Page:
Thanksgiving Travels On the Road Weekly Publication

By Jim MacPherson


 Thanksgiving has a special meaning in our family. Forget "Over the river and through the woods…"  My wife was born on Thanksgiving Day, which means the holiday takes on added significance for us. As a result, we generally don’t travel far on this day, but many other s do.

Thanksgiving is one of the most traveled holidays, according to AAA, with over 40 million Americans typically venturing over 50 miles from home. The overwhelming majority travel by automobile, though some also fly, take the train, a bus or some other form of transportation.

Conversely, around 270 million people will stick close to home this year. Here’s a variety of destinations for Thanksgiving, all reachable by car and some less than an hour away from Hartford. 

Football: Any number of area high schools play football on Thanksgiving. The trip might not be long to get to the game of your choice, but the action, spirit and camaraderie will make the day memorable.

Macy’s Thanksgiving Day Parade: Granted you can watch it on television, but not even that new 60-inch high-def set does the parade justice. For that, you have to view it in person. From Connecticut, you can do this in a day trip, driving to New York in the morning and coming back after the parade is over. Or, you can spend the weekend in the city.  Doing this will not only allow you to see the floats in all their full-size glory, it will also allow you to do some holiday shopping the day after.

Newport, R.I.: Enjoy Thanksgiving at home, or plan to dine at one of Newport’s exceptional restaurants, and then visit one of the fabulous mansions that will be open and decorated for Christmas the day after. The Breakers, The Elms and Marble House are participating through January 1, 2012. All will be closed on Thanksgiving and Christmas, however.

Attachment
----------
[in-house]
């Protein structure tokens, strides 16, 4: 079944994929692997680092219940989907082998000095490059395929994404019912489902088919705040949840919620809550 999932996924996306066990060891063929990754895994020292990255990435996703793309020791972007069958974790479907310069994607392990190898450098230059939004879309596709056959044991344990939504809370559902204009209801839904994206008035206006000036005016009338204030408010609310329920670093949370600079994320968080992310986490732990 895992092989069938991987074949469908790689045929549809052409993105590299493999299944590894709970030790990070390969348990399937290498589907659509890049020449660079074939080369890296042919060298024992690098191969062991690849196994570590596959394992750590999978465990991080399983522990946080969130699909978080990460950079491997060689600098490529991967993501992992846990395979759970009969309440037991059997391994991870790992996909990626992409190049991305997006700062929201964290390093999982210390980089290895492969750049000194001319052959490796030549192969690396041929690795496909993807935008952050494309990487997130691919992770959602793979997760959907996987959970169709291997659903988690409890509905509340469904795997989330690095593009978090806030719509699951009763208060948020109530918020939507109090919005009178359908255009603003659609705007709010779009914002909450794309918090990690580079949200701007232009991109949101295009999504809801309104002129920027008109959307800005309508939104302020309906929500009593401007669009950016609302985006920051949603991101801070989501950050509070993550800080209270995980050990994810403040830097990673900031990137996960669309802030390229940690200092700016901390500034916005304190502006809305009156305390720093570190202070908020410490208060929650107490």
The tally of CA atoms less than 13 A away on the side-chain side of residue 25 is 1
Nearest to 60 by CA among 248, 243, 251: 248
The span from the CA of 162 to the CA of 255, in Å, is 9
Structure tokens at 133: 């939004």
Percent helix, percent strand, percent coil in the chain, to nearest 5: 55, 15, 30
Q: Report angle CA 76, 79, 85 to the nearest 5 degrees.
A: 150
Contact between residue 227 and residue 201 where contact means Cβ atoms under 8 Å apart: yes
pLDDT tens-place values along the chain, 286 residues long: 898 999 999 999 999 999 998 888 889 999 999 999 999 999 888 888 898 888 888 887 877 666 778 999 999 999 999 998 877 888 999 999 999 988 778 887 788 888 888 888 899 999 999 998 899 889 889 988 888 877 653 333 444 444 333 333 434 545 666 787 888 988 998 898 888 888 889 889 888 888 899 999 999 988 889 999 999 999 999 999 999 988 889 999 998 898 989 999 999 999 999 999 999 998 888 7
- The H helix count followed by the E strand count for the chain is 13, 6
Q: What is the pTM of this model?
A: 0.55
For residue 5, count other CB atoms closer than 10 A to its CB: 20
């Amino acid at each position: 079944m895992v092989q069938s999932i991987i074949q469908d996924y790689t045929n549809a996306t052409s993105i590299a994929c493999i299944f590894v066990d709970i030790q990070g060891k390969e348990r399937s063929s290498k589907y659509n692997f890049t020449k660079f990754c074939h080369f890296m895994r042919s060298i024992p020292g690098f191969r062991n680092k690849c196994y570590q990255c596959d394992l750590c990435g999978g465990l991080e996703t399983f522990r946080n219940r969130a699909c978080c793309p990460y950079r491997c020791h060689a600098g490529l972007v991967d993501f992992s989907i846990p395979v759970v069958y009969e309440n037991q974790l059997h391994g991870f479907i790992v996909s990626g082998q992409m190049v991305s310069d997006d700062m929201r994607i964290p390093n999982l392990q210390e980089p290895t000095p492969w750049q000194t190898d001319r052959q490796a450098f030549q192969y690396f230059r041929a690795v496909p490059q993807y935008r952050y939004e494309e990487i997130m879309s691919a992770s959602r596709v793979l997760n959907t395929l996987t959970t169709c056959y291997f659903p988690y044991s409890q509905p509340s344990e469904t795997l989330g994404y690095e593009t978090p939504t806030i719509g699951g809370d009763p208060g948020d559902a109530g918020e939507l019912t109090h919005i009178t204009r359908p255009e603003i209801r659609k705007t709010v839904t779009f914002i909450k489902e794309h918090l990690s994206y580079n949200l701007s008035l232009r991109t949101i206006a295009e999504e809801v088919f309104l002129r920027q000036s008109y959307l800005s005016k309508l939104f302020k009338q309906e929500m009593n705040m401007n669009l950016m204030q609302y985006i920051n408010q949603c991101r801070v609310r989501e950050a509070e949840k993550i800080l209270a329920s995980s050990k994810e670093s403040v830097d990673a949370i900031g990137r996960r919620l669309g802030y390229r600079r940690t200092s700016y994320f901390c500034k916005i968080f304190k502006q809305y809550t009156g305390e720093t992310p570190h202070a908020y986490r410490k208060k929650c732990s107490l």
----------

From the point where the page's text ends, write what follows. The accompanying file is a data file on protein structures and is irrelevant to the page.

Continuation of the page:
Old Sturbridge Village: Would you like to experience a true, early New England Thanksgiving dinner at Old Sturbridge Village? Unfortunately, the dinner on Thanksgiving is fully booked. But there are still many opportunities to get into the spirit of the holiday in this 19th-century New England village over the Thanksgiving weekend. There is a “Day After Thanksgiving Buffet,” along with musket-firing demonstrations (you think wild turkeys walked into the kitchen of their own free will during the 19th century?) and an early New England wedding recreation slated for that Saturday.

Bright Nights at Forest Park, Springfield: One of the best displays of Christmas lights anywhere in New England, a trip to Forest Park in Springfield after Thanksgiving dinner should do wonders in getting you into the Christmas spirit. Organizers promise over 600,000 lights on the three-mile route.

Outlet Shopping: Several malls and outlet locations, including the Clinton Crossing Premium Outlets in Connecticut, will be closed on Thanksgiving, but open at midnight. What better way to finish a day  with too much eating and too much football than with a quick midnight shopping trip?

Holiday Stroll, East Lyme: If you end up eating too much on Thanksgiving, you might want to get back in balance with a healthy walk. A perfect venue is the Eighth Annual Holiday Stroll in East Lyme on November 26. Between 4:00 and 8:00 p.m. you can stroll, enjoy horse-drawn carriage rides, and take in the shops and stores that are the antithesis of big-box, strip mall merchandizing.




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